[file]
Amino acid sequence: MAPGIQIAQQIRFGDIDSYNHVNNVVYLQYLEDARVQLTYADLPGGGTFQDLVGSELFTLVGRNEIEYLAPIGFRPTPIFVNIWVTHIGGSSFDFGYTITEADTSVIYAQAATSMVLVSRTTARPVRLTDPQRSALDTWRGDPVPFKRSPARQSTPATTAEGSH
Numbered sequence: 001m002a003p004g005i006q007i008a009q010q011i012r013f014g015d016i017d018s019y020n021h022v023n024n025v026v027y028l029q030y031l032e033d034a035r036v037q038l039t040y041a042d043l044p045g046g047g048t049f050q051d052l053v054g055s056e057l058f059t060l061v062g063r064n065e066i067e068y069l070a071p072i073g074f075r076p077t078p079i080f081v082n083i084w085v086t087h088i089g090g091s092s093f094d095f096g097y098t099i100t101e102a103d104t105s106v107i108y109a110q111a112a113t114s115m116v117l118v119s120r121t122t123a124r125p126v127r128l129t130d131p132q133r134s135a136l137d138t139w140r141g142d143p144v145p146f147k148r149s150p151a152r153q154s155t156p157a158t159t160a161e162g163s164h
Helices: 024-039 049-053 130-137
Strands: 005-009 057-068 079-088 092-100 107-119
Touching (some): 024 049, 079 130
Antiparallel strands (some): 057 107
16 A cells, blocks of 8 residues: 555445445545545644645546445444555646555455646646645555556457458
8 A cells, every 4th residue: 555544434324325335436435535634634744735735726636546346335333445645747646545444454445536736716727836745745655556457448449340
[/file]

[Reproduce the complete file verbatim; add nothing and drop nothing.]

Amino acid sequence: MAPGIQIAQQIRFGDIDSYNHVNNVVYLQYLEDARVQLTYADLPGGGTFQDLVGSELFTLVGRNEIEYLAPIGFRPTPIFVNIWVTHIGGSSFDFGYTITEADTSVIYAQAATSMVLVSRTTARPVRLTDPQRSALDTWRGDPVPFKRSPARQSTPATTAEGSH
Numbered sequence: 001m002a003p004g005i006q007i008a009q010q011i012r013f014g015d016i017d018s019y020n021h022v023n024n025v026v027y028l029q030y031l032e033d034a035r036v037q038l039t040y041a042d043l044p045g046g047g048t049f050q051d052l053v054g055s056e057l058f059t060l061v062g063r064n065e066i067e068y069l070a071p072i073g074f075r076p077t078p079i080f081v082n083i084w085v086t087h088i089g090g091s092s093f094d095f096g097y098t099i100t101e102a103d104t105s106v107i108y109a110q111a112a113t114s115m116v117l118v119s120r121t122t123a124r125p126v127r128l129t130d131p132q133r134s135a136l137d138t139w140r141g142d143p144v145p146f147k148r149s150p151a152r153q154s155t156p157a158t159t160a161e162g163s164h
Helices: 024-039 049-053 130-137
Strands: 005-009 057-068 079-088 092-100 107-119
Touching (some): 024 049, 079 130
Antiparallel strands (some): 057 107
16 A cells, blocks of 8 residues: 555445445545545644645546445444555646555455646646645555556457458
8 A cells, every 4th residue: 555544434324325335436435535634634744735735726636546346335333445645747646545444454445536736716727836745745655556457448449340